And this is another place near exit D2 called Hung Fai Cake shop. Mama loves their egg tarts and pastries and really makes an effort to visit this store each time we visit Hong Kong. 

Afterwards, mama walked into this Indian-Indonesian-Pakistani goods store and we saw all these pretty jewels and accessories for really good prices. I got myself a jewelry set and some hair accessories for bridal hairstyles. 

Mong Kok

And of course what's a trip without visiting relatives? We met up with our cousins and aunts and dined at Mong Kok. The place is called The Dining Room, and I think it hasn't been a year in Mong Kok since they opened their outlet. 

Here are some of the stuff we had for dinner! I especially loved the Xiao Long Bao. 

Prince Edward
The next day, we paid a visit to more of the stuff in Prince Edward, as in previous trips we have not yet explored this area so much. Technically this is the border between Mong Kok and Prince Edward as you'll be exiting the Prince Edward station and yet the places' addresses are listed under Mong Kok territory.

I missed Mister Softee! I usually have this every trip, and given how hot it is in the Philippines right now I remembered it even more. 

And this is the goldfish market. It's in Tung Choi street, corner Bute street. This is a whole stretch of road with stores selling virtually every animal you could think of. The name may be goldfish market, but in this area you can buy chinchillas, arowanas, scorpions, turtles, snakes, boas, bunnies, guinea pigs, and virtually every animal you could think of.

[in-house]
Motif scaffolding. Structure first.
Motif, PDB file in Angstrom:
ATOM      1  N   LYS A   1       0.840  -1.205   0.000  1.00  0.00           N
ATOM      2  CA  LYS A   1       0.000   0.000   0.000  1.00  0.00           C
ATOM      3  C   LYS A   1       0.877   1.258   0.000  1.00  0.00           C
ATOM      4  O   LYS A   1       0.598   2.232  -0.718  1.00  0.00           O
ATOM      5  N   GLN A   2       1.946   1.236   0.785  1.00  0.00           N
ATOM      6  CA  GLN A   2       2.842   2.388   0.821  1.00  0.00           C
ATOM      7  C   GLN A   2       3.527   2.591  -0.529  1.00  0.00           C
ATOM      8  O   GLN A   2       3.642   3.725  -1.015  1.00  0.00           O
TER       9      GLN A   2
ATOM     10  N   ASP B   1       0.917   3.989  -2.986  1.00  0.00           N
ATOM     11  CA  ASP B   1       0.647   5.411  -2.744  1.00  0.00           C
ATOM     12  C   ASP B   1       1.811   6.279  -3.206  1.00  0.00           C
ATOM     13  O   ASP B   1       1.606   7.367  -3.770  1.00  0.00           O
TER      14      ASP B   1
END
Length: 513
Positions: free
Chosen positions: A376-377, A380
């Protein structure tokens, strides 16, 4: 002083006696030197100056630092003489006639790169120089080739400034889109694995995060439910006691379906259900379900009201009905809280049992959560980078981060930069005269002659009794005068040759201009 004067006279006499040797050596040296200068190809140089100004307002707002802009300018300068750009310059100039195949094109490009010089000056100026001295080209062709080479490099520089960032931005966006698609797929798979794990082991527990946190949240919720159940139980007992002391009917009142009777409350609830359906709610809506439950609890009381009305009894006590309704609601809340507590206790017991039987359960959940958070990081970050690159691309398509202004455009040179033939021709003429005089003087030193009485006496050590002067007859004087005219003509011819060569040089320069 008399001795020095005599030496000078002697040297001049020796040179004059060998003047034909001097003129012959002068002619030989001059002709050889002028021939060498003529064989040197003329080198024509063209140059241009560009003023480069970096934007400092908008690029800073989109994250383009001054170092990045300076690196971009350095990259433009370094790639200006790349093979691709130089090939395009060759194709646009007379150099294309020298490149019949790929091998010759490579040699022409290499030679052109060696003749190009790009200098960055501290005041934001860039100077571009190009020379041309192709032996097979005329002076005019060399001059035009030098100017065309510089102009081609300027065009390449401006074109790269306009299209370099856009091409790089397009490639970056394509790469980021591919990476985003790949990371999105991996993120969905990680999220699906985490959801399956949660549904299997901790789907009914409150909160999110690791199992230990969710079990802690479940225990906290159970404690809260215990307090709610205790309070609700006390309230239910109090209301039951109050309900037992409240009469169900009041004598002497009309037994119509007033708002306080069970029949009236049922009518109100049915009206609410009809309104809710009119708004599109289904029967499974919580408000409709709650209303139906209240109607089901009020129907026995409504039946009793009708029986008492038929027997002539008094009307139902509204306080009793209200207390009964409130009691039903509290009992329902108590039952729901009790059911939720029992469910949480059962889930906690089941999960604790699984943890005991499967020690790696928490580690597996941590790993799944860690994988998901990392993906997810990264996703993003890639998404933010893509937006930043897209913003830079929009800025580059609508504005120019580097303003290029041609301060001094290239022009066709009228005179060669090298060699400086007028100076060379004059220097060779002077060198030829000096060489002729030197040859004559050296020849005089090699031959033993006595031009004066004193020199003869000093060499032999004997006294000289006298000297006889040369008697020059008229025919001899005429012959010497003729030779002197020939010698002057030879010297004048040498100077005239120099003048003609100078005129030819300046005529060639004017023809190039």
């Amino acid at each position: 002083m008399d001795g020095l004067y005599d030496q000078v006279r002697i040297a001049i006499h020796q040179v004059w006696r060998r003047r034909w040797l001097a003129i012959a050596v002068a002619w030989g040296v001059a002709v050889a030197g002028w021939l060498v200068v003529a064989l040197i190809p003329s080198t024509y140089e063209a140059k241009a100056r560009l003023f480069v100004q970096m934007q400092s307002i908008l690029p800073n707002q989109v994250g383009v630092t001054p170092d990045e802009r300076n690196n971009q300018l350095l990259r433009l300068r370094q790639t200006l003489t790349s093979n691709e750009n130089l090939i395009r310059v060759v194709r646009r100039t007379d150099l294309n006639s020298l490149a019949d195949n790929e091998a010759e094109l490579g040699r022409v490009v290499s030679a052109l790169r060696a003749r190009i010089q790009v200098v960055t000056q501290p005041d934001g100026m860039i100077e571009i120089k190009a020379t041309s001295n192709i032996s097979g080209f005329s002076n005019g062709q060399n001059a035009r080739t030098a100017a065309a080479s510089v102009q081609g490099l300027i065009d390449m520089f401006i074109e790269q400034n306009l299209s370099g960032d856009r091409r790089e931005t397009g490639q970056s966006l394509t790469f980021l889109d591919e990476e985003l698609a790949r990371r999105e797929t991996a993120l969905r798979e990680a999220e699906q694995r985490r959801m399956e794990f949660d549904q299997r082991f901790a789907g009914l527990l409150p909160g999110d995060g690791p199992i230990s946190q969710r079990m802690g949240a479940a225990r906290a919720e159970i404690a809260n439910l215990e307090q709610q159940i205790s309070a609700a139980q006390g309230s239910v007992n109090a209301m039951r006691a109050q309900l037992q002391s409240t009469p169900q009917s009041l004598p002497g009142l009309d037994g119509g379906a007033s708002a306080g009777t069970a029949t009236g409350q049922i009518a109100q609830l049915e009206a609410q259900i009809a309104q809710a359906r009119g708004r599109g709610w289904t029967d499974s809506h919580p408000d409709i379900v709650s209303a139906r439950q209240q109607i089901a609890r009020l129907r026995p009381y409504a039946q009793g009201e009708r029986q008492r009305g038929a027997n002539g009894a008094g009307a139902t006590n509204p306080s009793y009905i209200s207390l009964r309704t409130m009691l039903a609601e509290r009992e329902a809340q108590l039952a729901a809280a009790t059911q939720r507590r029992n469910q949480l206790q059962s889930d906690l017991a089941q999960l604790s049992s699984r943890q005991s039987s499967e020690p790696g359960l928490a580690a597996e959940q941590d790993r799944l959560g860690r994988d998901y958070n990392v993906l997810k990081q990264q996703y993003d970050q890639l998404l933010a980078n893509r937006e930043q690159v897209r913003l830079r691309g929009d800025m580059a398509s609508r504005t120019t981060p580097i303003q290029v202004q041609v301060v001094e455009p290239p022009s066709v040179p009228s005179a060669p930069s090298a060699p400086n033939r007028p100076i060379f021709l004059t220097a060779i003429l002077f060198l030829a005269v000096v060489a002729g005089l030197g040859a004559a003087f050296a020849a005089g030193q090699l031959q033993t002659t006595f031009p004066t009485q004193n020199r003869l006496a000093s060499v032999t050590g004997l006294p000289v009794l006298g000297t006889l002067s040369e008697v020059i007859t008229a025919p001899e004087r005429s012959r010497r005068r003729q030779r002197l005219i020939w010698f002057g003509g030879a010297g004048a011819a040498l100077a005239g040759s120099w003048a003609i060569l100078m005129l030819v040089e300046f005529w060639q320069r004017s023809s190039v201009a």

I took caution in taking photos as I've read in the internet that there have been tourists who have been screamed at by store owners for taking photos... which is why I only took photos from afar and from what could be seen from the storefront as they prohibit picture taking inside the stores. Aside from owners not wanting people crowding the area and blocking off real buyers, there are also quite a lot of exotic animals that they're probably afraid that they may get prosecuted if it's made known that they sell such animals without proper papers... 

In the area is their flower market. Basically this is their posh and fragrant version of Dangwa, but with quite a lot more pizzazz. They have stores concentrating on fountains, gardening tools and supplies, and the flowers themselves come in a really wide variety. They also have more tasteful bouquets and arrangements... 

The bird market is a minute away from the flower market, so we also paid a visit. The birds were really beautiful because we're so used to seeing brown birds... they had birds of every color and shape, and they also had stores specializing in wooden cages, treats for birds (such as worms and grasshoppers sold in bags) and other bird care accessories.